Researchers have shown in cells and models that the central nervous system and neurons can become a target of SARS-CoV-2 infection.
The vaccination of a person now infected with the SARS-CoV-2 virus should be delayed until the person has naturally recovered from the acute infection, i.e. until the symptoms of the disease have resolved themselves or the conditions for the termination of isolation have been met. The study authors are optimistic that their findings may help other researchers develop treatments for the various neurological symptoms associated with COVID-19.More news: Smith wasn't scuffing Pant's guard mark, says Paine
"We are in uncharted territory, but a key take-home message from the study is that immunological indicators suggest that fatality rates and the critical need for broad-scale vaccination may wane in the near term, so maximum effort should be on weathering this virgin pandemic enroute to endemicity", said Ottar Bjornstad, Distinguished Professor of Entomology and Biology and J. Lloyd & Dorothy Foehr Huck Chair of Epidemiology, Penn State.
"Understanding the full extent of viral invasion is crucial to treating patients, as we begin to try to figure out the long-term consequences of Covid-19, many of which are predicted to involve the central nervous system", said researcher Akiko Iwasaki, a professor at Yale University. However, such results can occur with any molecular test, and particularly if mutations affect the part of the virus's genome assessed by that test, as SARS-CoV-2, like all viruses, has the potential to mutate over time.More news: Apple reportedly close to signing deal with Hyundai for electric auto development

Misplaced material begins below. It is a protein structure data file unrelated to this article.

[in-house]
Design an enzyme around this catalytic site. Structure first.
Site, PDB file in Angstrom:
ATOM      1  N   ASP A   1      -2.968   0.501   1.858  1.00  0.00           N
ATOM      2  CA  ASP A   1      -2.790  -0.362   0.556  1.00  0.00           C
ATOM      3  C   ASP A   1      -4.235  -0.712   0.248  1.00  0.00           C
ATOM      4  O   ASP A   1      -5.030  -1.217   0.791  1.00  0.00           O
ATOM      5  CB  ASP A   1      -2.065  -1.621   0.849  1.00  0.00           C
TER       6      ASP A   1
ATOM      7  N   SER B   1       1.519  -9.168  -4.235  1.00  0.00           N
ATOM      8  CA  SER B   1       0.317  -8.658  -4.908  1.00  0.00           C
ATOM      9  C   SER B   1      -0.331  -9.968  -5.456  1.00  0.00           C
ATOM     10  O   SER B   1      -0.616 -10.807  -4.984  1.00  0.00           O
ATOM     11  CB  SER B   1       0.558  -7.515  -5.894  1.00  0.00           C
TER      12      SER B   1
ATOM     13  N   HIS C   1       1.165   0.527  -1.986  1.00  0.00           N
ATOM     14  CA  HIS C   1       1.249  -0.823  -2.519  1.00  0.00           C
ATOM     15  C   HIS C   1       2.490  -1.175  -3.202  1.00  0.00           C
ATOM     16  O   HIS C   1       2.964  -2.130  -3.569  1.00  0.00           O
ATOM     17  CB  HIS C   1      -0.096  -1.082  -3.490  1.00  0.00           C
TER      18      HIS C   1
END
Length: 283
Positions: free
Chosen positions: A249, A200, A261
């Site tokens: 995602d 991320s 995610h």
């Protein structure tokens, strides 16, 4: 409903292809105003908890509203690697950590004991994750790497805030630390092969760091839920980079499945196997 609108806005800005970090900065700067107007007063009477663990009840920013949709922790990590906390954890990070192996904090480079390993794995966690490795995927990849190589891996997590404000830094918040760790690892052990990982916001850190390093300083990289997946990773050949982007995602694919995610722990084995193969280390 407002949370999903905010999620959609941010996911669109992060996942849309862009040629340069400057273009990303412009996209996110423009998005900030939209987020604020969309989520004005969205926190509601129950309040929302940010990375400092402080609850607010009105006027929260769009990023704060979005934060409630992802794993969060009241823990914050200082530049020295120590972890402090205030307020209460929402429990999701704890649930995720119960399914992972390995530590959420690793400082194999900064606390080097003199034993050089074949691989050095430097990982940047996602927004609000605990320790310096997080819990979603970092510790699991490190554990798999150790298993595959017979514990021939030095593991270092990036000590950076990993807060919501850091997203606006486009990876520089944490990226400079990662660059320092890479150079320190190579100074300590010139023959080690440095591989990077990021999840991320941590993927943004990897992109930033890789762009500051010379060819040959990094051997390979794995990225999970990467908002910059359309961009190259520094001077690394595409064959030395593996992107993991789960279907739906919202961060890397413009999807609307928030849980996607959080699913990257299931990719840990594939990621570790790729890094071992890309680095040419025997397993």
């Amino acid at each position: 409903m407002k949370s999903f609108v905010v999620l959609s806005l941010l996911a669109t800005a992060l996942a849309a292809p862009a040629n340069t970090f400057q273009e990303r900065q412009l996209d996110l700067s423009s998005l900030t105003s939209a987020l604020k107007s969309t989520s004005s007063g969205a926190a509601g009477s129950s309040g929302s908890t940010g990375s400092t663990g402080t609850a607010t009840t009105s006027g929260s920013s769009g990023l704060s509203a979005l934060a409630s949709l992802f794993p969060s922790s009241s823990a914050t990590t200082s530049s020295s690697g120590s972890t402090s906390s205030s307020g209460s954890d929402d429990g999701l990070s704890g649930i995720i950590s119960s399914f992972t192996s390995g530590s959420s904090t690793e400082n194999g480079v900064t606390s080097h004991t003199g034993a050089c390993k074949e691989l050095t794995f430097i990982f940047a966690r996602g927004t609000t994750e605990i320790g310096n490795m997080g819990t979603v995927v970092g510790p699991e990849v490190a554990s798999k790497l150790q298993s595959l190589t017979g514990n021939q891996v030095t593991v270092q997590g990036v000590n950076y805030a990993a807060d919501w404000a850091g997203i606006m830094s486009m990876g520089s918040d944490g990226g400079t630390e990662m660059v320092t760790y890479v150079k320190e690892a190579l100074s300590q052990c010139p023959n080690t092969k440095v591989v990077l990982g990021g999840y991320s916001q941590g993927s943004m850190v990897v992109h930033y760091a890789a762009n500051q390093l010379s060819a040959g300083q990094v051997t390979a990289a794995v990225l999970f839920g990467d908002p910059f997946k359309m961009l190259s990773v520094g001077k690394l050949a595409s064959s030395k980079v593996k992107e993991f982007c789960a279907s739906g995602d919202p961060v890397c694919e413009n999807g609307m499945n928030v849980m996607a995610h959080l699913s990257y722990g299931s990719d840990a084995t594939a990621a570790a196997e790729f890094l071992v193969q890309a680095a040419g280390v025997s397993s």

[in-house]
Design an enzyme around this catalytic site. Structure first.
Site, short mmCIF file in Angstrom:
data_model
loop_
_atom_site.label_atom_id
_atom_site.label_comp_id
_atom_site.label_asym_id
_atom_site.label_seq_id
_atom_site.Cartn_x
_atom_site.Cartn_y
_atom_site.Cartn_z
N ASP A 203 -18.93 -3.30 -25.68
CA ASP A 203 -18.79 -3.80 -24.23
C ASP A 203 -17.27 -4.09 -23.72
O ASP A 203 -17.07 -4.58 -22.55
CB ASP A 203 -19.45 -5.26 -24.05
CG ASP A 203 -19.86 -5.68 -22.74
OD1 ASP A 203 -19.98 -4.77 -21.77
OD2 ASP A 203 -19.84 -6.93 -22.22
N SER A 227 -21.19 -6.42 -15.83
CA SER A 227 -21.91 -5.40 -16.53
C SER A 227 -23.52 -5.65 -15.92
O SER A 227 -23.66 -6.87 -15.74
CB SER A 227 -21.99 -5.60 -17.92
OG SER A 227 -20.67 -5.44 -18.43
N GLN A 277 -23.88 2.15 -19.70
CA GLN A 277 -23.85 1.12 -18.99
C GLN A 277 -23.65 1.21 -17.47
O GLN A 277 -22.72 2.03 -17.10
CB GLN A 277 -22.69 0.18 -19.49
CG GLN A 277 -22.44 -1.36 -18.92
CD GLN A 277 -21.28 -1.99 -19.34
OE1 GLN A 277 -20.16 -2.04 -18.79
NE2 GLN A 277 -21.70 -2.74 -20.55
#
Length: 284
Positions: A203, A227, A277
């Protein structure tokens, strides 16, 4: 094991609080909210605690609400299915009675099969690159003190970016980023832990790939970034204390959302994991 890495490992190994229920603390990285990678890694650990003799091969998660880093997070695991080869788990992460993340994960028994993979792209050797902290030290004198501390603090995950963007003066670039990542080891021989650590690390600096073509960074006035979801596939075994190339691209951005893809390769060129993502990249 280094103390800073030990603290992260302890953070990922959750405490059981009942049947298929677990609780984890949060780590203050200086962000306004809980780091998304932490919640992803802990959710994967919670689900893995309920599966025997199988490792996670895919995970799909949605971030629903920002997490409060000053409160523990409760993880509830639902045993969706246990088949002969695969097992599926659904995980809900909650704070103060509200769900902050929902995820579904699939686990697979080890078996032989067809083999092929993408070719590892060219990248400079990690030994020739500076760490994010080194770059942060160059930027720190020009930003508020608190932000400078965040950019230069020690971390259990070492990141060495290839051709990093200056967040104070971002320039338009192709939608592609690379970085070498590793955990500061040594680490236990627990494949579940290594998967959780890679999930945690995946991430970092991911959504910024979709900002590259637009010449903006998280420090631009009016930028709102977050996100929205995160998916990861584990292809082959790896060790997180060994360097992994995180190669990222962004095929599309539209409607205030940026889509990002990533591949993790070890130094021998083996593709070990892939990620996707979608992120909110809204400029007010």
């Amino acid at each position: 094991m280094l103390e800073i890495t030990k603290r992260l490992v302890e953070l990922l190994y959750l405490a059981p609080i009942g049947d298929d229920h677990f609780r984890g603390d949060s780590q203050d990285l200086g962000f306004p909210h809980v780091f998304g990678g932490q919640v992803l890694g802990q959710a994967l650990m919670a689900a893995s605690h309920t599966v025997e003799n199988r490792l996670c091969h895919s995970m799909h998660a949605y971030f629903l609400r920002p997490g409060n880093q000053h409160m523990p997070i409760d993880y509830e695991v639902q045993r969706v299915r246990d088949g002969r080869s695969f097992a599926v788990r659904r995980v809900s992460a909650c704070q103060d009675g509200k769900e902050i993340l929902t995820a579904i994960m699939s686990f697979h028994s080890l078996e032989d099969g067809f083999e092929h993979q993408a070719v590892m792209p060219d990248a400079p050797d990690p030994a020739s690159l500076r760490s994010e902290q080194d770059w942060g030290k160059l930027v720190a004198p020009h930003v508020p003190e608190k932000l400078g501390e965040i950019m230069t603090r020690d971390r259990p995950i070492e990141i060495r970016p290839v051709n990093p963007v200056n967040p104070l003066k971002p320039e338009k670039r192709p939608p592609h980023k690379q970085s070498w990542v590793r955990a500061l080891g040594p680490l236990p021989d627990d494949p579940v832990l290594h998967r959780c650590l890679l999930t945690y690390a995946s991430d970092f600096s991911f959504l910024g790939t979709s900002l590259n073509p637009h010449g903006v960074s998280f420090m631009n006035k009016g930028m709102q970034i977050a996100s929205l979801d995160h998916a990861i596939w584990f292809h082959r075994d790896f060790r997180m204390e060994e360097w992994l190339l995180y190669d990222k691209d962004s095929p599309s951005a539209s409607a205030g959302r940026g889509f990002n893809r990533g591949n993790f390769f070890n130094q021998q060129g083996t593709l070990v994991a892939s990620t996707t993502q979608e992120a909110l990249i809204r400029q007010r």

The researchers revealed that the virus was able to infect neurons in these organoids and use the neuronal cell machinery to replicate. The virus also appeared to facilitate its replication by boosting the metabolism of infected cells, while neighbouring, uninfected neurons died as their oxygen supply was reduced.
Nasopharyngeal swabs are the primary sampling method used for detection of severe acute respiratory syndrome coronavirus 2 (SARS-CoV-2), but they require a trained health care professional and extensive personal protective equipment. CNS infection was much more lethal in mice than infections limited to the lungs, the researchers found.More news: COVID-19: Japan extends state of emergency
SARS-CoV-2 can also cause dramatic alterations in the brain's blood vessels that could potentially disrupt the organ's oxygen supply, the authors wrote. But despite the fact that slow vaccine rollouts mean the US won't achieve herd immunity for months to come, a study published Tuesday in Science also suggests COVID-19 is "here to stay", The New York Times reports. And, the patients had experienced ischemia, a type of stroke that is caused due to blockage in an artery that supplies blood to your brain.